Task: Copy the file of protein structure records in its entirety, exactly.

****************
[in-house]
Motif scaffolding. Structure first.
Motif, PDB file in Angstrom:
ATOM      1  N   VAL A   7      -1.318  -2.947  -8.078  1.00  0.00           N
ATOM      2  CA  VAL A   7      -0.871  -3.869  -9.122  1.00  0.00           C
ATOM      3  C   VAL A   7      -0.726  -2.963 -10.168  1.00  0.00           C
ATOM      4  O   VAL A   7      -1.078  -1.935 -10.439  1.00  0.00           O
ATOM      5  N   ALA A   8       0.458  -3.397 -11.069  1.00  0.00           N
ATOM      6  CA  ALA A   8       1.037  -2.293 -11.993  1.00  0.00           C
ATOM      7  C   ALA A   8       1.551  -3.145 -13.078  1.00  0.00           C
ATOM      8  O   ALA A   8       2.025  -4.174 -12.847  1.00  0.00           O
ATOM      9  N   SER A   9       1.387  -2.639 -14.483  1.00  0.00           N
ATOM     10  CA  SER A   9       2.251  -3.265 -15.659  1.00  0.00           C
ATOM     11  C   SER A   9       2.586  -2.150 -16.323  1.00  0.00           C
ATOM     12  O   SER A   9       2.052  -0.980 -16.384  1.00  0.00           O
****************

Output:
[in-house]
Motif scaffolding. Structure first.
Motif, PDB file in Angstrom:
ATOM      1  N   VAL A   7      -1.318  -2.947  -8.078  1.00  0.00           N
ATOM      2  CA  VAL A   7      -0.871  -3.869  -9.122  1.00  0.00           C
ATOM      3  C   VAL A   7      -0.726  -2.963 -10.168  1.00  0.00           C
ATOM      4  O   VAL A   7      -1.078  -1.935 -10.439  1.00  0.00           O
ATOM      5  N   ALA A   8       0.458  -3.397 -11.069  1.00  0.00           N
ATOM      6  CA  ALA A   8       1.037  -2.293 -11.993  1.00  0.00           C
ATOM      7  C   ALA A   8       1.551  -3.145 -13.078  1.00  0.00           C
ATOM      8  O   ALA A   8       2.025  -4.174 -12.847  1.00  0.00           O
ATOM      9  N   SER A   9       1.387  -2.639 -14.483  1.00  0.00           N
ATOM     10  CA  SER A   9       2.251  -3.265 -15.659  1.00  0.00           C
ATOM     11  C   SER A   9       2.586  -2.150 -16.323  1.00  0.00           C
ATOM     12  O   SER A   9       2.052  -0.980 -16.384  1.00  0.00           O